Graciously agree to disagree with a KJV devotee’s preference for the TR and move on.
3. Talk about English Only
Most laypersons do not need to understand the canons of Greek New Testament textual criticism. But here’s something every KJV reader ought to know: Elizabethan English is no longer fully intelligible, and 1 Corinthians 14 tells us explicitly and repeatedly that intelligibility is necessary for edification.
If with your tongue you utter speech that is not intelligible, how will anyone know what is said? For you will be speaking into the air (1 Cor. 14:9).
Even KJV extremists know it contains “dead words” and obsolete phrases no longer present in the real-life lexical stock of English speakers. We just don’t say or write “amerce,” “bolled,” or “crisping pin.” They are unintelligible, and contemporary dictionaries are hit or miss on these dead words. These are words we know we don’t know.
But there is another category of unintelligible words hiding in plain sight, and the KJV-only movement needs some help seeing them: words we don’t know we don’t know.
These “false friends” are the focus of the strategy that I lay out in Authorized: The Use and Misuse of the King James Bible. Such words—and syntactical structures and punctuation conventions—trip up today’s readers through no fault of the KJV translators or of today’s readers, but solely because of language change.
Translators could not have predicted the future of words like “halt” and “remove” and “commend,” and English speakers today shouldn’t be held responsible to notice how these words have evolved over the past four centuries. William Tyndale died to give God’s Word to the “plough boy,” not to the specialist in historical Englishes.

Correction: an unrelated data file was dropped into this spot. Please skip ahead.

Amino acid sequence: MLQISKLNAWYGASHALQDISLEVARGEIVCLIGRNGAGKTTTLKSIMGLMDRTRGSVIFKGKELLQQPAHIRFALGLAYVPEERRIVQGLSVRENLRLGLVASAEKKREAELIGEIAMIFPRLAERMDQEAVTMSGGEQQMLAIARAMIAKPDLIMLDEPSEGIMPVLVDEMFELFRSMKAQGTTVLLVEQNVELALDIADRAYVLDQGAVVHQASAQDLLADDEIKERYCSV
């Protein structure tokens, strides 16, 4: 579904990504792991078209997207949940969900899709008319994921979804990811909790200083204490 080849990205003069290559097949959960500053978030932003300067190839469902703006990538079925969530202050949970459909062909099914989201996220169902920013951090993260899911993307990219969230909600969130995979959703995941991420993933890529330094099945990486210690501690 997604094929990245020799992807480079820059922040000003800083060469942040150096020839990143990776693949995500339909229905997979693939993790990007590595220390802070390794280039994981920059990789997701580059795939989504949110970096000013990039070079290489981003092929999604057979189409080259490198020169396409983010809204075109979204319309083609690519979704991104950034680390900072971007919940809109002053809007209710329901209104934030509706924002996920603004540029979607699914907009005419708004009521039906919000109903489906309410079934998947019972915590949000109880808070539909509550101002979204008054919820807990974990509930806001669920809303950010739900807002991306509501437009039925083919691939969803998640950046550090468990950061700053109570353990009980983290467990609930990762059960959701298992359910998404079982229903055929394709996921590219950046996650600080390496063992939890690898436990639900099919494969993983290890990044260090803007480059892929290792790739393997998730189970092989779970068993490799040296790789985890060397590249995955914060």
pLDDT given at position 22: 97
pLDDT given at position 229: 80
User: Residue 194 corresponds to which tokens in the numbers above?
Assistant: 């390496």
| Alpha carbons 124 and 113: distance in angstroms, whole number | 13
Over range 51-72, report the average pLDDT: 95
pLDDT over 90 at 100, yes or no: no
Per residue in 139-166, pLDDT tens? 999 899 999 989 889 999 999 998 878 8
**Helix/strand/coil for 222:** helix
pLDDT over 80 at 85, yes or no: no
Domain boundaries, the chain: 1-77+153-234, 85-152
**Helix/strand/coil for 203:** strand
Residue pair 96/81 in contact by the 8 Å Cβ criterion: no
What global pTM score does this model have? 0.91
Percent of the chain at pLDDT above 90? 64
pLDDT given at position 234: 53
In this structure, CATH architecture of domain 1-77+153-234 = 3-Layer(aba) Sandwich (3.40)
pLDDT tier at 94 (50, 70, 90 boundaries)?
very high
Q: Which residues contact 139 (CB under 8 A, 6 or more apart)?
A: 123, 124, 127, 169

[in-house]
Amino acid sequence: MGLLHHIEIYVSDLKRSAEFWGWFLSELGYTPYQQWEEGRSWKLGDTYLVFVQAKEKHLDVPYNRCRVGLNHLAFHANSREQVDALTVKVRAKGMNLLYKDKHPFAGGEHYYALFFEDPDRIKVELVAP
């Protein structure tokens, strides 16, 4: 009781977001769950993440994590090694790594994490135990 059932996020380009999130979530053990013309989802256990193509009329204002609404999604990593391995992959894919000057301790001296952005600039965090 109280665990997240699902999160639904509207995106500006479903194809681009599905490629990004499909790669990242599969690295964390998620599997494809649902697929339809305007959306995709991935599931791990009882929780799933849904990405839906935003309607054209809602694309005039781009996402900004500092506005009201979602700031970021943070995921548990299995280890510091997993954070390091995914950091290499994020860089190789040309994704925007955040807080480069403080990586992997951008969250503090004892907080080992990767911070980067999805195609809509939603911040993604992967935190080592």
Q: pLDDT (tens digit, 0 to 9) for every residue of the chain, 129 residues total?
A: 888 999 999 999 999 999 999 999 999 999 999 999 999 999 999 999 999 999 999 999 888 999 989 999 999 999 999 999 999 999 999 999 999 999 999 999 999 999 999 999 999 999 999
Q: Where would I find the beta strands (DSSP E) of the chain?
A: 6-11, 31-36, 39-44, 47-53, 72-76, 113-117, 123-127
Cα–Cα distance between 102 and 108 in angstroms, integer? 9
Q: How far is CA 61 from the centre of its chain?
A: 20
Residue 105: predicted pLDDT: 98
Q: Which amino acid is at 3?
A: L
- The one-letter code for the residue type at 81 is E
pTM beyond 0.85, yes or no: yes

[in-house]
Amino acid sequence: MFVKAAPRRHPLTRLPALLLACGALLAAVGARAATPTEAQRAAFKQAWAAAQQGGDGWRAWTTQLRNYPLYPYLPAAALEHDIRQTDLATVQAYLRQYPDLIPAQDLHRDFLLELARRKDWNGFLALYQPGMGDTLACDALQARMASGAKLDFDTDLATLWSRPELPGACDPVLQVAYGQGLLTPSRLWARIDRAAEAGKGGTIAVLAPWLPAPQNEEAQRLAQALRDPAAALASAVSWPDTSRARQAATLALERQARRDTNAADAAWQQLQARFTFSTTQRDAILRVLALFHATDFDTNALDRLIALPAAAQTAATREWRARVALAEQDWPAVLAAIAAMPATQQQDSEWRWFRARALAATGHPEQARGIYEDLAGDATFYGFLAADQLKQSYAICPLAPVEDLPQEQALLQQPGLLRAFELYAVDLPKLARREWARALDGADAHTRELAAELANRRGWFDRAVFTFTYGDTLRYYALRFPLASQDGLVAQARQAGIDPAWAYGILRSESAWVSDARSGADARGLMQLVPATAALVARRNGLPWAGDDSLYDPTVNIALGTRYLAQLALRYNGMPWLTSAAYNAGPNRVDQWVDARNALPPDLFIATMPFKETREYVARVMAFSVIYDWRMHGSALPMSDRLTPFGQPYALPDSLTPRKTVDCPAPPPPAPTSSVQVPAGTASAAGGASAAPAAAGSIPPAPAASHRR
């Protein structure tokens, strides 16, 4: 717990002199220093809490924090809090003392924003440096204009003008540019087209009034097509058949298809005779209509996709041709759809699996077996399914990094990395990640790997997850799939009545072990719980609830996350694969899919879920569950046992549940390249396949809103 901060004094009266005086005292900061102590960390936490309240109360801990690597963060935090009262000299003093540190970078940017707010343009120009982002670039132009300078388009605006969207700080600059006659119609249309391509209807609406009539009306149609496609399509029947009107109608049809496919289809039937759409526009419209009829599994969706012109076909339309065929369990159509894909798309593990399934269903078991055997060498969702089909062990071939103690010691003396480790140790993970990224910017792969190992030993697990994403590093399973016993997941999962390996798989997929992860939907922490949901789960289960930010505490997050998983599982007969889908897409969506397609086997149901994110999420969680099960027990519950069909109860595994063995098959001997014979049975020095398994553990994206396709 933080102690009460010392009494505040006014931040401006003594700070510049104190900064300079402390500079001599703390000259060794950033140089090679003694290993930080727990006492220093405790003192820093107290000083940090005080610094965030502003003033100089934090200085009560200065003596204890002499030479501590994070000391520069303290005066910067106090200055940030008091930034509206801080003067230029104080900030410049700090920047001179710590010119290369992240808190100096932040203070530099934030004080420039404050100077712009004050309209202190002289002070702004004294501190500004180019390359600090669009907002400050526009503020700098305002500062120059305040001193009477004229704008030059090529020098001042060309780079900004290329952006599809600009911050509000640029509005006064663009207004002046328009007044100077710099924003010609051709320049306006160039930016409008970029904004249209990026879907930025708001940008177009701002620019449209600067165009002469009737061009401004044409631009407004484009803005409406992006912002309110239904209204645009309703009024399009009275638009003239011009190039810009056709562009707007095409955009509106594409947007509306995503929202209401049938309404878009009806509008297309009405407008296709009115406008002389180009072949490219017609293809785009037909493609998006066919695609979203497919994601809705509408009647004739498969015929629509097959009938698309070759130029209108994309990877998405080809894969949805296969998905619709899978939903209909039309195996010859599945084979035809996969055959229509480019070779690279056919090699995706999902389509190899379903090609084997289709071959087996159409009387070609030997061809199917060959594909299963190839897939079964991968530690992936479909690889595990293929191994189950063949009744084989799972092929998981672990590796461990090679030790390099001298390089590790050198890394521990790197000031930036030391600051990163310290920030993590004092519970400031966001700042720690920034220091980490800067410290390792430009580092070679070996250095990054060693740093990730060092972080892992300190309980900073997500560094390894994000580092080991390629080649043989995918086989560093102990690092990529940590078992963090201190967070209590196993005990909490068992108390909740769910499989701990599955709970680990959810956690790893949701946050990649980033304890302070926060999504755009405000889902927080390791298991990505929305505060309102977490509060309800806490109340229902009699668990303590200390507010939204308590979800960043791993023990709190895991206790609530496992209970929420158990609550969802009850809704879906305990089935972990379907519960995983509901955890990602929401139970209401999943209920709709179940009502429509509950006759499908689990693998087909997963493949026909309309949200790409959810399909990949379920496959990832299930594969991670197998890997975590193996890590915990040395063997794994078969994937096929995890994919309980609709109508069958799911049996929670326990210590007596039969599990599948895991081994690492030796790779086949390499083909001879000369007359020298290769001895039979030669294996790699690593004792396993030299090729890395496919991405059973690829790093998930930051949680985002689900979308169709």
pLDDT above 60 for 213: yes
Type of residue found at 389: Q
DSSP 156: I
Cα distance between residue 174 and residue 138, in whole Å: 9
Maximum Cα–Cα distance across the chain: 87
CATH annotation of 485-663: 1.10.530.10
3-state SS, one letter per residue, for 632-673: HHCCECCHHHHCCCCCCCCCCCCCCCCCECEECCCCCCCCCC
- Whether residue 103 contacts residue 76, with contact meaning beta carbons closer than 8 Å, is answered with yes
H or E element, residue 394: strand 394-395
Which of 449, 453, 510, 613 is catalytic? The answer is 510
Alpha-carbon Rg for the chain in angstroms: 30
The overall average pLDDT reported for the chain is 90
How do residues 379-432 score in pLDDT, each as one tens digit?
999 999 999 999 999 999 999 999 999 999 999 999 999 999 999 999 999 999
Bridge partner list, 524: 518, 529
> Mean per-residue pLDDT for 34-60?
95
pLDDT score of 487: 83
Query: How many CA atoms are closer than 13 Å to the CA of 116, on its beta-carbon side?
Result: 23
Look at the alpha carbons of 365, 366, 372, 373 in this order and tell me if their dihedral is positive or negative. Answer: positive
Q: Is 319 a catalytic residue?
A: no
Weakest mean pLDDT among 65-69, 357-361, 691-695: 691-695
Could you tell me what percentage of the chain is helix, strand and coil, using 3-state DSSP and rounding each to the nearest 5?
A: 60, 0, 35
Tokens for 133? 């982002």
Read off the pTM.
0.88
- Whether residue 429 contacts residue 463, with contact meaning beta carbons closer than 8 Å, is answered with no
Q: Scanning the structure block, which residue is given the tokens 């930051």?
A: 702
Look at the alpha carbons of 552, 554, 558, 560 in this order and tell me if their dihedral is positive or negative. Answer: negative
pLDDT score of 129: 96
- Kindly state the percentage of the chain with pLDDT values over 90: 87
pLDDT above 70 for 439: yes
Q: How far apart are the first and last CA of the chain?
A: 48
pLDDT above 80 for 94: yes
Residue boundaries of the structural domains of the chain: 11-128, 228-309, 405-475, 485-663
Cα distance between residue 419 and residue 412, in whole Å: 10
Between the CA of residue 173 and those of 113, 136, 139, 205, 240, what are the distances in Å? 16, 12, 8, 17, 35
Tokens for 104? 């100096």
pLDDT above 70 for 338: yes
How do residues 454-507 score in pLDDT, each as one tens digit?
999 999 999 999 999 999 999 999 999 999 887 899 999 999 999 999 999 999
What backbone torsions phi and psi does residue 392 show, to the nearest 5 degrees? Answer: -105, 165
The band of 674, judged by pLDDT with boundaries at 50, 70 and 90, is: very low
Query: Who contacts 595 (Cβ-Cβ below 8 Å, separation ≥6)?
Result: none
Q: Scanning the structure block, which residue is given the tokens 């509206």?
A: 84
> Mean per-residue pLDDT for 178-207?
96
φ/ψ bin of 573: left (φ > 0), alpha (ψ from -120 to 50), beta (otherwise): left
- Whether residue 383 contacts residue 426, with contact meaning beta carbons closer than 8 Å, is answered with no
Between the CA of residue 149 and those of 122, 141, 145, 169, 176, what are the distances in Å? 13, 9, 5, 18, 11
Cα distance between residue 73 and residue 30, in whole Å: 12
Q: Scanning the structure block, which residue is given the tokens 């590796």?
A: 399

Of course, the KJV is not entirely unintelligible. And it surely is beautiful. I have always enjoyed the challenge of reading it. When I encourage my brothers and sisters in Christ to cease insisting on the use of the KJV, I do so, as my favorite linguist John McWhorter said of Shakespeare, “not because we are uncultured or incapable of effort, but because language is always moving.”
If the point of Bible reading were Anglophilic enculturation or Early Modern English decoding practice, then giving people KJVs would be ideal. But if the point is understanding what God said, then people should be given the Bible in their English, not someone else’s.
KJV-onlyism is not a Christian liberty issue, like eating meat offered to idols. It makes void the Word of God by human tradition—one archaizing lexeme at a time (Mark 7:13). I pray that my brethren’s consciences will one day be liberated to read more than just the KJV.
But consciences should not be treated lightly, even when misinformed. The safest way to push people past the unsound objections of their consciences is to appeal directly to God’s Word and let his Spirit illuminate it for them.
Paul says in 1 Corinthians 14 that edification requires intelligibility. This needs to be the united Christian answer to the many people adversely affected by KJV-onlyism.